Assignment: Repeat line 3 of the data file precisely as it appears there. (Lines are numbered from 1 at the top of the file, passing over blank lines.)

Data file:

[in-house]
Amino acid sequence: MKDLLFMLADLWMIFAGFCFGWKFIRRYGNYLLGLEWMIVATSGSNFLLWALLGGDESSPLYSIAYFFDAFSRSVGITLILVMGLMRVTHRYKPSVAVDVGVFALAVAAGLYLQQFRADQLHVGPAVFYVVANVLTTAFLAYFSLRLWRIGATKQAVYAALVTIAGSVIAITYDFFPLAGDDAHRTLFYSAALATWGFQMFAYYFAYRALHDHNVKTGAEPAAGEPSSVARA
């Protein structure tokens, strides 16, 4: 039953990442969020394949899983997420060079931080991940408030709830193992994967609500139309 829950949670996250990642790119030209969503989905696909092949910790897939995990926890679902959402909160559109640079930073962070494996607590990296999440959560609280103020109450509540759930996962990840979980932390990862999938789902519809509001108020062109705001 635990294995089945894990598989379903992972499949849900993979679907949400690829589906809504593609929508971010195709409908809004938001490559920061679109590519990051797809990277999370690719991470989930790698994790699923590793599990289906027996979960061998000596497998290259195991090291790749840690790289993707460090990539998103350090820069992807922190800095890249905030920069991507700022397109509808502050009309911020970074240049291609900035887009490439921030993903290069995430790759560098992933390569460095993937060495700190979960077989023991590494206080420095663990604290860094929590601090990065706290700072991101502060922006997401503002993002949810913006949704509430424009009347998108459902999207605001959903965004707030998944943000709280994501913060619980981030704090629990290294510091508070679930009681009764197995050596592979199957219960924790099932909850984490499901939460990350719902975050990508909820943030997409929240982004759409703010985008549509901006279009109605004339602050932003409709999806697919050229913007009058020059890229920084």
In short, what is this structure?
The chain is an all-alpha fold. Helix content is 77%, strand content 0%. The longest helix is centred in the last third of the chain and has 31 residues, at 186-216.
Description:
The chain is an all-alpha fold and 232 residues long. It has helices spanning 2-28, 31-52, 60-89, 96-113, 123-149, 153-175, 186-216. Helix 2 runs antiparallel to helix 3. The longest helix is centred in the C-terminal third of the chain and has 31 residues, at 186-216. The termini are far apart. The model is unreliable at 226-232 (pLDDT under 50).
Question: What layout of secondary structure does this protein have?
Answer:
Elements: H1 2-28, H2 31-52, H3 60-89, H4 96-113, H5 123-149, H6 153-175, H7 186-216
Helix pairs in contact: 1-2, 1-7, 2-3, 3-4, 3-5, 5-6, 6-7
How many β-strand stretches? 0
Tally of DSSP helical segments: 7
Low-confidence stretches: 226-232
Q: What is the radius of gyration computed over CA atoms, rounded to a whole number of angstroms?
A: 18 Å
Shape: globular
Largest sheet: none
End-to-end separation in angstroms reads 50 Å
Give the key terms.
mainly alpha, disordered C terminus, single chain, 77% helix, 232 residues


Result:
């Protein structure tokens, strides 16, 4: 039953990442969020394949899983997420060079931080991940408030709830193992994967609500139309 829950949670996250990642790119030209969503989905696909092949910790897939995990926890679902959402909160559109640079930073962070494996607590990296999440959560609280103020109450509540759930996962990840979980932390990862999938789902519809509001108020062109705001 635990294995089945894990598989379903992972499949849900993979679907949400690829589906809504593609929508971010195709409908809004938001490559920061679109590519990051797809990277999370690719991470989930790698994790699923590793599990289906027996979960061998000596497998290259195991090291790749840690790289993707460090990539998103350090820069992807922190800095890249905030920069991507700022397109509808502050009309911020970074240049291609900035887009490439921030993903290069995430790759560098992933390569460095993937060495700190979960077989023991590494206080420095663990604290860094929590601090990065706290700072991101502060922006997401503002993002949810913006949704509430424009009347998108459902999207605001959903965004707030998944943000709280994501913060619980981030704090629990290294510091508070679930009681009764197995050596592979199957219960924790099932909850984490499901939460990350719902975050990508909820943030997409929240982004759409703010985008549509901006279009109605004339602050932003409709999806697919050229913007009058020059890229920084």